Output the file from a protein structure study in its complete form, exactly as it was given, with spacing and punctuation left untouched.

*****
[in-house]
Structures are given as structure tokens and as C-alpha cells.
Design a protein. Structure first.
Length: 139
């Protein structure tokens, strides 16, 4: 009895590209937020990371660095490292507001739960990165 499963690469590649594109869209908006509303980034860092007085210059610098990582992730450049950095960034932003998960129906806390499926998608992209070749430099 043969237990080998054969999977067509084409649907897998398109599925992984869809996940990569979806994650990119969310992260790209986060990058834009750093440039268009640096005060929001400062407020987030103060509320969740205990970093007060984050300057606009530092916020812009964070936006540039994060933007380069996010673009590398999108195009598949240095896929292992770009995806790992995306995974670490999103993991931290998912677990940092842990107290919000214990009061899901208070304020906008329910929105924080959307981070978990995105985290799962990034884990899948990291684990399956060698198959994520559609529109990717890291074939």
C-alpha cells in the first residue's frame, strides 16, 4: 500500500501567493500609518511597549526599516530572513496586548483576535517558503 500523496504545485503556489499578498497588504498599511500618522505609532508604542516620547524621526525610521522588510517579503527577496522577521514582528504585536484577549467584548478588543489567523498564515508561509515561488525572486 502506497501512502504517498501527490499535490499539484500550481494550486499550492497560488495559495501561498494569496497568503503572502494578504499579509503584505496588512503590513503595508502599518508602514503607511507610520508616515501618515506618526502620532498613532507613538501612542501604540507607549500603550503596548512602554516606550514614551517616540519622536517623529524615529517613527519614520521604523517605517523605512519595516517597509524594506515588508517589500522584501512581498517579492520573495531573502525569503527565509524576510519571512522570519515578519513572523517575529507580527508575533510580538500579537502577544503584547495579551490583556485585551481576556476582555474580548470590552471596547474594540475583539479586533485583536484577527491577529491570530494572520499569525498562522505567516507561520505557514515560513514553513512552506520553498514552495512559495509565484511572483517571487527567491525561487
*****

[in-house]
Structures are given as structure tokens and as C-alpha cells.
Design a protein. Structure first.
Length: 139
């Protein structure tokens, strides 16, 4: 009895590209937020990371660095490292507001739960990165 499963690469590649594109869209908006509303980034860092007085210059610098990582992730450049950095960034932003998960129906806390499926998608992209070749430099 043969237990080998054969999977067509084409649907897998398109599925992984869809996940990569979806994650990119969310992260790209986060990058834009750093440039268009640096005060929001400062407020987030103060509320969740205990970093007060984050300057606009530092916020812009964070936006540039994060933007380069996010673009590398999108195009598949240095896929292992770009995806790992995306995974670490999103993991931290998912677990940092842990107290919000214990009061899901208070304020906008329910929105924080959307981070978990995105985290799962990034884990899948990291684990399956060698198959994520559609529109990717890291074939």
C-alpha cells in the first residue's frame, strides 16, 4: 500500500501567493500609518511597549526599516530572513496586548483576535517558503 500523496504545485503556489499578498497588504498599511500618522505609532508604542516620547524621526525610521522588510517579503527577496522577521514582528504585536484577549467584548478588543489567523498564515508561509515561488525572486 502506497501512502504517498501527490499535490499539484500550481494550486499550492497560488495559495501561498494569496497568503503572502494578504499579509503584505496588512503590513503595508502599518508602514503607511507610520508616515501618515506618526502620532498613532507613538501612542501604540507607549500603550503596548512602554516606550514614551517616540519622536517623529524615529517613527519614520521604523517605517523605512519595516517597509524594506515588508517589500522584501512581498517579492520573495531573502525569503527565509524576510519571512522570519515578519513572523517575529507580527508575533510580538500579537502577544503584547495579551490583556485585551481576556476582555474580548470590552471596547474594540475583539479586533485583536484577527491577529491570530494572520499569525498562522505567516507561520505557514515560513514553513512552506520553498514552495512559495509565484511572483517571487527567491525561487